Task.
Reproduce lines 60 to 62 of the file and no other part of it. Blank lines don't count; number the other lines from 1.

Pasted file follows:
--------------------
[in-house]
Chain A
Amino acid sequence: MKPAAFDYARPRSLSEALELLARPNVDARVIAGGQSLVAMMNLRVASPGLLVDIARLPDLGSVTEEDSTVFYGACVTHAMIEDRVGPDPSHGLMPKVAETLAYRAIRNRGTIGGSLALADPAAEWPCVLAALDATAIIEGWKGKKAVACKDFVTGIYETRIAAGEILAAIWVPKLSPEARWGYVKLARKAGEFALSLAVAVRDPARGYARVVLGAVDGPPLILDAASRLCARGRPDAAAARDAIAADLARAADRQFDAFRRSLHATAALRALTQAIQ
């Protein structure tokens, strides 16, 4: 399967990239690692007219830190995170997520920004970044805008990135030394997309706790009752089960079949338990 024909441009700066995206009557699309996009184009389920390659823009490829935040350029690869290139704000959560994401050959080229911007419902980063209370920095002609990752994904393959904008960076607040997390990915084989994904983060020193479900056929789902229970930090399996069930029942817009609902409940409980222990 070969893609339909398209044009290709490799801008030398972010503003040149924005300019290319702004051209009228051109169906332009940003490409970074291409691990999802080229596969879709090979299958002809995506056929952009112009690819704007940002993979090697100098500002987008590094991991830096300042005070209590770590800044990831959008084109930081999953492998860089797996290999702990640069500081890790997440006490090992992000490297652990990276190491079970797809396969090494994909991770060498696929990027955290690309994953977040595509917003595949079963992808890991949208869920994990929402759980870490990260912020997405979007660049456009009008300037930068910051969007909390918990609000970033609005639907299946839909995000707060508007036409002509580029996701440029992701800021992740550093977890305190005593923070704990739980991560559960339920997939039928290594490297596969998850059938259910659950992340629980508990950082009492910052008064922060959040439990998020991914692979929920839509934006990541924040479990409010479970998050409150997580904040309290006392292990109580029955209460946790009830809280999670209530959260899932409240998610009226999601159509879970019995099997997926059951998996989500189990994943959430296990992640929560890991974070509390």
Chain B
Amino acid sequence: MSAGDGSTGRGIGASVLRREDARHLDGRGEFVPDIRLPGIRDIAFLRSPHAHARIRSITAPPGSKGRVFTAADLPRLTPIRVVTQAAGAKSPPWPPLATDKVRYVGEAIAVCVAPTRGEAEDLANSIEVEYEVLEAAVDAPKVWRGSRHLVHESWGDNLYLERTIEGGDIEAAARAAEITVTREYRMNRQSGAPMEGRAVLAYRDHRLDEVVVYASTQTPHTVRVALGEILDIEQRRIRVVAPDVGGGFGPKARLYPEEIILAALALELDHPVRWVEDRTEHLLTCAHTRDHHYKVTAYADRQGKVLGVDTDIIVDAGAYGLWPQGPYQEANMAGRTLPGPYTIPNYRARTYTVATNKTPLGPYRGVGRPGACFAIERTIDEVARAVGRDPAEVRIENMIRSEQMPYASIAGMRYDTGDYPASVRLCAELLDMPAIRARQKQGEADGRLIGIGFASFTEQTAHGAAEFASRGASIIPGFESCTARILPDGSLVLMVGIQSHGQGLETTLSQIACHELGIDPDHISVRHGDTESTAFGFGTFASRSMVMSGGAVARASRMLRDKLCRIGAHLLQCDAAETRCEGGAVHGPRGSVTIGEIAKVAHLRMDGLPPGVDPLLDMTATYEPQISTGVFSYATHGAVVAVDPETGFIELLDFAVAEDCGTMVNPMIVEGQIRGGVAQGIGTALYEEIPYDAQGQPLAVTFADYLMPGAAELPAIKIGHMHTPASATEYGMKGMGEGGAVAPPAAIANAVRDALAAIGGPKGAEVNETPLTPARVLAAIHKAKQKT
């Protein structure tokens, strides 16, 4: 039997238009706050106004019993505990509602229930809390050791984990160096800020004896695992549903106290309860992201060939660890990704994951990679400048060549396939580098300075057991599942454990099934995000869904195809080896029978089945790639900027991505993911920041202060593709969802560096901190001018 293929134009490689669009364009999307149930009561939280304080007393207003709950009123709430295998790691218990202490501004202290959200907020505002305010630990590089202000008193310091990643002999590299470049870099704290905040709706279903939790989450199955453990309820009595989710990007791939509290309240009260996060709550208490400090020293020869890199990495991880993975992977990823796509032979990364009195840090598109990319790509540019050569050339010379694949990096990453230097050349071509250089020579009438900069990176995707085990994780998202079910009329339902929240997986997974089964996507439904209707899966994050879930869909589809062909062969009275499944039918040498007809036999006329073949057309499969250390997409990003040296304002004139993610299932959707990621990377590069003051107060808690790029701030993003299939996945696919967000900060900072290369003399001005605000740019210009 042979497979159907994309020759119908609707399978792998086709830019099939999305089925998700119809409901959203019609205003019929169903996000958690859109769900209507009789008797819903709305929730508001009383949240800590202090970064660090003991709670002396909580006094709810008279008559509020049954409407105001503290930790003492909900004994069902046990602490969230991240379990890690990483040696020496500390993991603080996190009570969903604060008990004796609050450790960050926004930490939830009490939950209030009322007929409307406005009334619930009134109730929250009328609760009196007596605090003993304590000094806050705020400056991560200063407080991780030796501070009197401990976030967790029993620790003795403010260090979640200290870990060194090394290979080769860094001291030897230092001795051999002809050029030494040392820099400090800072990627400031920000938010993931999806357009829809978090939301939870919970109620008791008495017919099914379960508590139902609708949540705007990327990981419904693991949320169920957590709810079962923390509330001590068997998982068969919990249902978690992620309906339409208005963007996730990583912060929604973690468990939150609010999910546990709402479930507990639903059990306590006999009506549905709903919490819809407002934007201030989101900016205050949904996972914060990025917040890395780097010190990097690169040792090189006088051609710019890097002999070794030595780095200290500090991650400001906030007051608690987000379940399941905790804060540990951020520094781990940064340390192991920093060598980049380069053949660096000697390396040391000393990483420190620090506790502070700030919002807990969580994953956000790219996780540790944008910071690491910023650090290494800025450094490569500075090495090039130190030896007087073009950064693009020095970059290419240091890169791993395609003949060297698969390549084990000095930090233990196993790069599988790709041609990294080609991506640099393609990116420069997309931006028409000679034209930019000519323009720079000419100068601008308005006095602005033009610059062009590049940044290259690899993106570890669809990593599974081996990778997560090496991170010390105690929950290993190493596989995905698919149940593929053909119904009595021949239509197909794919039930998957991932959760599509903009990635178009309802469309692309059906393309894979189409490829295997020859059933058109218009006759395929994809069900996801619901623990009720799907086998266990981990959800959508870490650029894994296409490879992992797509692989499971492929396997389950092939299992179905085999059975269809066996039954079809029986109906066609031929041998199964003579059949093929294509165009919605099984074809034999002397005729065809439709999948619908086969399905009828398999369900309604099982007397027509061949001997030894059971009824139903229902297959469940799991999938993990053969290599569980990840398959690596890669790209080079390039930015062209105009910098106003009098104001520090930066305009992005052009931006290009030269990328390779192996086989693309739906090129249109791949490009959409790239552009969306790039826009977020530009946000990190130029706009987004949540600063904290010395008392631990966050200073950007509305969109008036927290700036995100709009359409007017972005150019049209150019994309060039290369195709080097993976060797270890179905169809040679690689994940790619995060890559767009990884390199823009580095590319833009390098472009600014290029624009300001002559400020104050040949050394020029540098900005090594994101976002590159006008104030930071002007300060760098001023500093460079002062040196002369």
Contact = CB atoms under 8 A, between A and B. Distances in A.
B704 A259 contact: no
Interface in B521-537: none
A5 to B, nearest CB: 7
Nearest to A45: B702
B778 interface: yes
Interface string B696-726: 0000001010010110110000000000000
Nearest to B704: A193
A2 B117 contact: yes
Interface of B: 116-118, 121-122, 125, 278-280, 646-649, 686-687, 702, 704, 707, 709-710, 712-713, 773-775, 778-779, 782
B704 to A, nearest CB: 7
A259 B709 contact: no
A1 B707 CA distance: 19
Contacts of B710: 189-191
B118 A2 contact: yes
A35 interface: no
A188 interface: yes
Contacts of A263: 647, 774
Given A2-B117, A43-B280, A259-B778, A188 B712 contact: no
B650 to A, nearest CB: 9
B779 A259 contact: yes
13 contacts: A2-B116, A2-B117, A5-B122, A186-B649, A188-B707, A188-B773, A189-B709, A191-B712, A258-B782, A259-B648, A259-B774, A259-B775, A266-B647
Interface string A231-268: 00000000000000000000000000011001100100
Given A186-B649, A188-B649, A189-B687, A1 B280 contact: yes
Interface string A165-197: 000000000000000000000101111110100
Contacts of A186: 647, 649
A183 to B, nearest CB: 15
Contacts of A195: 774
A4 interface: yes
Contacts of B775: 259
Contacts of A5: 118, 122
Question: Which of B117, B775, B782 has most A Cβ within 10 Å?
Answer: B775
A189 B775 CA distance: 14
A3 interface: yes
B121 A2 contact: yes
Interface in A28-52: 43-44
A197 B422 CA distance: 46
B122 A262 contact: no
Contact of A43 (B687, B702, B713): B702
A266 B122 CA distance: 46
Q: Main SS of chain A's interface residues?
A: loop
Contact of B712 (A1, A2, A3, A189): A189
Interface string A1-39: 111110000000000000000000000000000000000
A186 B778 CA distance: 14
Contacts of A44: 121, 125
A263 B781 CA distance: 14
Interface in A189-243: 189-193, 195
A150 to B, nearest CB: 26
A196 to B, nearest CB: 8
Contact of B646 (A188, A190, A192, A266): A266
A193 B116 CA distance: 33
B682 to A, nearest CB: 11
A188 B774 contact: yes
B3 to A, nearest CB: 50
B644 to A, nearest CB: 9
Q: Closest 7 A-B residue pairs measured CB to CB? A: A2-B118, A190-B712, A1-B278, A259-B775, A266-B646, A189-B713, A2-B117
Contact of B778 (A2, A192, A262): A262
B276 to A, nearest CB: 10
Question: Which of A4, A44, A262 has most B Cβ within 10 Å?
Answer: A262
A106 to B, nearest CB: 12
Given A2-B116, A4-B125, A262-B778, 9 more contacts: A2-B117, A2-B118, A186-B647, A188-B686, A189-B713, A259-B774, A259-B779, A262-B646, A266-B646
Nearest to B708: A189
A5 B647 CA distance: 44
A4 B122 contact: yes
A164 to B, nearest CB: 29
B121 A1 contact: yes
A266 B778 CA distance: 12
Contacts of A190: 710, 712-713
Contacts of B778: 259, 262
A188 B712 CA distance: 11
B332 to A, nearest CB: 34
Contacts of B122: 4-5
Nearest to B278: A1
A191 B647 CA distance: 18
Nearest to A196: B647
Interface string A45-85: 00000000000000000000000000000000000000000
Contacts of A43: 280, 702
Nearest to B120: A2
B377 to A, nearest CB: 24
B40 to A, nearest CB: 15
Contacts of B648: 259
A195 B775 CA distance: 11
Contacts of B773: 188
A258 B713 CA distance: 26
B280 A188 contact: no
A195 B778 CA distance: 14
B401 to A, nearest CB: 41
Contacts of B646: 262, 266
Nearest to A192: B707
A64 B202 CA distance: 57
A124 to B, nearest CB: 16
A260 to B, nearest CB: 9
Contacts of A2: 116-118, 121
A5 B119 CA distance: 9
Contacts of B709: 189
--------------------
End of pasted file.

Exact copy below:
A193 B116 CA distance: 33
B682 to A, nearest CB: 11
A188 B774 contact: yes